Learning enterprise sales for the first time leads to a lot of mistakes. A lot of them. Then you learn the playbook.
A list of some of the bigger ones I made learning how to sell into the enterpriser:
- Not mapping out — and getting to know — all the stakeholders in a deal. And after the deal. This is a skill you need to learn quickly in the enterprise. The person that contacts you often is just one of many stakeholders in the purchase. Don’t assume whomever you are currently talking to you is the buyer, or even in the end, the decisionmaker. Every deal is at renewal risk if you don’t get to know, and map out, all the key stakeholders.
- Not being responsive to every key concern. I remember my CTO once arguing with a Fortune 500 company on a “security” concern they had which really made no sense. It literally made no sense, and in fact their app did the same thing. But that didn’t matter. They were concerned. That meant we had to be concerned. You can’t do everything. But you can be responsive to every key, top concern. If you have to build a check-the-box feature for a top enterprise customer, just build it. Another top customer will also want it.
- Not visiting enough customers in person. I never lost a customer I visited in person. But the ones I didn’t, were the ones that silently churned. Even / often when the usage was high. More here: I Never Lost a Customer I Actually Visited | SaaStr
- Not hiring a full-time RFP person. If you are going to do a lot of RFPs, they need an owner. They are too much work to just dump on a product person, success person, sales leader, etc.
- Not hiring a full-time Chief Security & Compliance Offer. Hiring a CSO way early if you are truly going enterprise. It just makes the customers so much more comfortable. And then security audits, reviews, etc. go so much faster and easier.
- Not opening an EMEA/London office and field offices earlier. Enterprise customers expect you not just to get on jets (see the point above), but to be there. Wherever you have $2m or more in revenue — you should have an office.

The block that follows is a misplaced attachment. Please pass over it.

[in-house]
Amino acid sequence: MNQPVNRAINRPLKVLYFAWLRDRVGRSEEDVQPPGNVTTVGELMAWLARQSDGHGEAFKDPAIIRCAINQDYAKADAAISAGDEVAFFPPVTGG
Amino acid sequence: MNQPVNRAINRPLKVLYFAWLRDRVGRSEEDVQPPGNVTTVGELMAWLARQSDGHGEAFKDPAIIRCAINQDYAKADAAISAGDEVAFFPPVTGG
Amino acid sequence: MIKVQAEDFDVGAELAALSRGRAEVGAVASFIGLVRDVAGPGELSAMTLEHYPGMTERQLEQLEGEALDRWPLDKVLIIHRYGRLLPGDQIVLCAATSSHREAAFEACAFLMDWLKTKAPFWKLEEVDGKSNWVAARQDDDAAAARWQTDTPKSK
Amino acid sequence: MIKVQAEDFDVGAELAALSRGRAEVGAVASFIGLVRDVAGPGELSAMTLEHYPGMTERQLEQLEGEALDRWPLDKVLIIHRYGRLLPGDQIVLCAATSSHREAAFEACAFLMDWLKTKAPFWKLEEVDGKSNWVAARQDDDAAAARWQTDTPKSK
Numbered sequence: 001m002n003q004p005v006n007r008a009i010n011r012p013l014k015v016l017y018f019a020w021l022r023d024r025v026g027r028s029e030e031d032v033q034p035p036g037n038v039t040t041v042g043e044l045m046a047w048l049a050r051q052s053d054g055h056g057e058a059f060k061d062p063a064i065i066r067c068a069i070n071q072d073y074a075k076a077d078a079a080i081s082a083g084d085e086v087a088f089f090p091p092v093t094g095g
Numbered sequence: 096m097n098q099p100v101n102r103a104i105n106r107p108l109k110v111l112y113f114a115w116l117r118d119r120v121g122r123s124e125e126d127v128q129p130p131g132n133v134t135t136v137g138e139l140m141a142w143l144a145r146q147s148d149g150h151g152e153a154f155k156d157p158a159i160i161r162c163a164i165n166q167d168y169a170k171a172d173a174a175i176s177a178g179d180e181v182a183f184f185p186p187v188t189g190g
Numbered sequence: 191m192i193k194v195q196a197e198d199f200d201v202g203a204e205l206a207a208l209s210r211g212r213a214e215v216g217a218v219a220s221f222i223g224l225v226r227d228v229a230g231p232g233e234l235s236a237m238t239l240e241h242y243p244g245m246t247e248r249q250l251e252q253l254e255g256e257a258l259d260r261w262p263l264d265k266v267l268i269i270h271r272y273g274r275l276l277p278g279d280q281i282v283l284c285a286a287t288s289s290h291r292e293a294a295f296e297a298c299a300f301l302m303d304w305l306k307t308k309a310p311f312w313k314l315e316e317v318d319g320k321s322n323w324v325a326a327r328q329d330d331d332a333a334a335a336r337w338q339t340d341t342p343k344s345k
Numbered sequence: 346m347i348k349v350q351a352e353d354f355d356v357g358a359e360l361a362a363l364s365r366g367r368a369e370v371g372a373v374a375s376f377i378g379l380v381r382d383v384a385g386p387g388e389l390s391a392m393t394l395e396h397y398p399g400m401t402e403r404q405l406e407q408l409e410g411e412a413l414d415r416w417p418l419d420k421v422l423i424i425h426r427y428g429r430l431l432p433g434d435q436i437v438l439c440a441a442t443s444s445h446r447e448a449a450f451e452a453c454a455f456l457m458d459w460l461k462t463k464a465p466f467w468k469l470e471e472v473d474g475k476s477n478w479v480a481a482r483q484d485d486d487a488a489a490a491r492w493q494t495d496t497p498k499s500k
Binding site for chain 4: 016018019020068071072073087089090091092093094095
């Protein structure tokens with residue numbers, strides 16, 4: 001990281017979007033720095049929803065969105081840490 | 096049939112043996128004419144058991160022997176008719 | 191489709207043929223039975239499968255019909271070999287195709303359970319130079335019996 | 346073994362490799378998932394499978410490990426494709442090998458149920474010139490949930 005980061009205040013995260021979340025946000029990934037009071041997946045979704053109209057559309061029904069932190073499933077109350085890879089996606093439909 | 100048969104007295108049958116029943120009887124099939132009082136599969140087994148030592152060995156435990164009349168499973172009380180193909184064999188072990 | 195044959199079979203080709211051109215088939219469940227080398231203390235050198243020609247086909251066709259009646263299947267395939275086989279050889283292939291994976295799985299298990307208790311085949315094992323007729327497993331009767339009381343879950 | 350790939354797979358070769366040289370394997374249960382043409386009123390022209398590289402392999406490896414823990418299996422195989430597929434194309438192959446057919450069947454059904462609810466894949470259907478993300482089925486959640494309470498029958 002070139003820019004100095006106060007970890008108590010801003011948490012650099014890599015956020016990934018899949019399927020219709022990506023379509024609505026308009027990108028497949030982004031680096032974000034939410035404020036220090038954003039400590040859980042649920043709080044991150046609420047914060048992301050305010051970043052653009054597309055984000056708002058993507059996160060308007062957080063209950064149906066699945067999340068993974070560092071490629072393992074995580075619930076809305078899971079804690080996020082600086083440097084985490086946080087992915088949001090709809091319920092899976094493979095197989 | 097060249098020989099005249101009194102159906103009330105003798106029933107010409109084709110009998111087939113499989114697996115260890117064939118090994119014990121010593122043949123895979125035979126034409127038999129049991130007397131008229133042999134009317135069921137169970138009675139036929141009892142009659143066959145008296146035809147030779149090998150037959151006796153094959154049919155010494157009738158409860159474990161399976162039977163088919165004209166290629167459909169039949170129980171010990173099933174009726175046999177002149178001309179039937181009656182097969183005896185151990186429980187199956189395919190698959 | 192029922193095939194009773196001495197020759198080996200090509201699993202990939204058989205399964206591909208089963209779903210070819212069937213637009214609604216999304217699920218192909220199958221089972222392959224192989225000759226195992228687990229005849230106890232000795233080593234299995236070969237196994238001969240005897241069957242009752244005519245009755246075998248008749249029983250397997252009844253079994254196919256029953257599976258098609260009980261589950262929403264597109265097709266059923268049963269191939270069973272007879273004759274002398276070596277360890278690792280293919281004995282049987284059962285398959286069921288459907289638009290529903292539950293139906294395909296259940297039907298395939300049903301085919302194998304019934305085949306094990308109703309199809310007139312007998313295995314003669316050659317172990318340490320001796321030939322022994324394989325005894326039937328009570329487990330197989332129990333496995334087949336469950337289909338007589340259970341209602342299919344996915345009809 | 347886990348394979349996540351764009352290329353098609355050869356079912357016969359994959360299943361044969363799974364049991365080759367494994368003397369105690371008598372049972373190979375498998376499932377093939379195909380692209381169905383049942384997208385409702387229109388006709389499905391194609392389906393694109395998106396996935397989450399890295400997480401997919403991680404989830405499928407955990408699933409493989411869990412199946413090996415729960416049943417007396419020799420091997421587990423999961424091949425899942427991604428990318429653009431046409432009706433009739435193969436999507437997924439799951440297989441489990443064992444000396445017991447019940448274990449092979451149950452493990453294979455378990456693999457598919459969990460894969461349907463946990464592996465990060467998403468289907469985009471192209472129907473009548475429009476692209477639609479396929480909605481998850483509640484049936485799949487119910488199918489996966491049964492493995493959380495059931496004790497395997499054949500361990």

- Not investing more earlier in customer marketing and corporate marketing. Enterprise customers expect a brand to be presented in a certain way. You need to be at their events, sometimes with a red carpet. You need to pamper them the right way. You need the right types of collateral and case studies. The quicker you do this, the more comfortable prospects and customers will be that you are “enteprise-grade.”
- Not getting the company to move to a Big Customer-centric culture faster. This is #1. If you go upmarket, if you move from SMBs into mid-market and then the enterprise … your culture also has to change. From one of users to one of the broad needs of 1000s of customers to one almost of … clients. Your very big customers aren’t just customers, they are clients. They deserve client-level service and attention. Many of your team that hasn’t done that before won’t enjoy it. They’ll bristle at their seemingly one-off requirements. They’ll struggle to deal with the drama around the big deals. But the folks that have been in that environment before and know what to do will solve most of the problems above for you.
Just a few of many.
(note: an updated SaaStr Classic answer)